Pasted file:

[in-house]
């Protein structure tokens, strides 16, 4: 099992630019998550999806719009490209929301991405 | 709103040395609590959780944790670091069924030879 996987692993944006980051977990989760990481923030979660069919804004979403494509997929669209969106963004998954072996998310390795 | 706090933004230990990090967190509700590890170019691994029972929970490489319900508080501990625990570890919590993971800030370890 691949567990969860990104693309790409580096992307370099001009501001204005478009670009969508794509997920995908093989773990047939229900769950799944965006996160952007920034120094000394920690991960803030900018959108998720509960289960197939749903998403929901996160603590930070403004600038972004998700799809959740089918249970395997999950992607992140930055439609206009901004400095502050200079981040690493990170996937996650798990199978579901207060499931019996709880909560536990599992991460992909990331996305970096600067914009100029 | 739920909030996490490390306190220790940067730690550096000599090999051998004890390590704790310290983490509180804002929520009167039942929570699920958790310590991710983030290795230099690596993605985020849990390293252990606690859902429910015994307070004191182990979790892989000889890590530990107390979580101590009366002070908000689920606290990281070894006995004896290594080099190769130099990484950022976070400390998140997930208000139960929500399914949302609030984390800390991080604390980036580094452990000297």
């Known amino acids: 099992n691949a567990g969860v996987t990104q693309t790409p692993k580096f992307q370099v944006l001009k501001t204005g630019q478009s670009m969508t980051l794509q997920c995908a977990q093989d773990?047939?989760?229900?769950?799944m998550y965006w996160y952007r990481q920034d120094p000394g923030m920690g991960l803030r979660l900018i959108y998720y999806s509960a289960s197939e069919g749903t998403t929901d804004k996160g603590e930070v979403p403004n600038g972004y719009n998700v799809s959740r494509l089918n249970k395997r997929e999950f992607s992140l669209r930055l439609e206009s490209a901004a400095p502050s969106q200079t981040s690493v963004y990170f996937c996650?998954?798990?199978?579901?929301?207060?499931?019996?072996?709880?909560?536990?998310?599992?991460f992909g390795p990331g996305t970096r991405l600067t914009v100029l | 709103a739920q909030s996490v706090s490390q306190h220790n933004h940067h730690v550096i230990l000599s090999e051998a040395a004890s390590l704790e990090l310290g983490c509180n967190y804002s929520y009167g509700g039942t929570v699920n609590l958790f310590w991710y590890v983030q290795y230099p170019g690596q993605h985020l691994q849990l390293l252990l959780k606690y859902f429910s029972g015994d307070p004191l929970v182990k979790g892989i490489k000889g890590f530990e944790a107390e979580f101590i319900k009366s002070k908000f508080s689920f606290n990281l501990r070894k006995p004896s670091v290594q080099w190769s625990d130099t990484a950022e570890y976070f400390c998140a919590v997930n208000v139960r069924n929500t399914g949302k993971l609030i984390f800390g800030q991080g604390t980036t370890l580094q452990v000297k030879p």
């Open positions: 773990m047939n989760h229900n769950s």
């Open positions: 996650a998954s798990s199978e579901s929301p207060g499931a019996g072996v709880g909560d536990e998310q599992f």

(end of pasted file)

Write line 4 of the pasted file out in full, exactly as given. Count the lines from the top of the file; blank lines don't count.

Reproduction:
């Open positions: 773990m047939n989760h229900n769950s």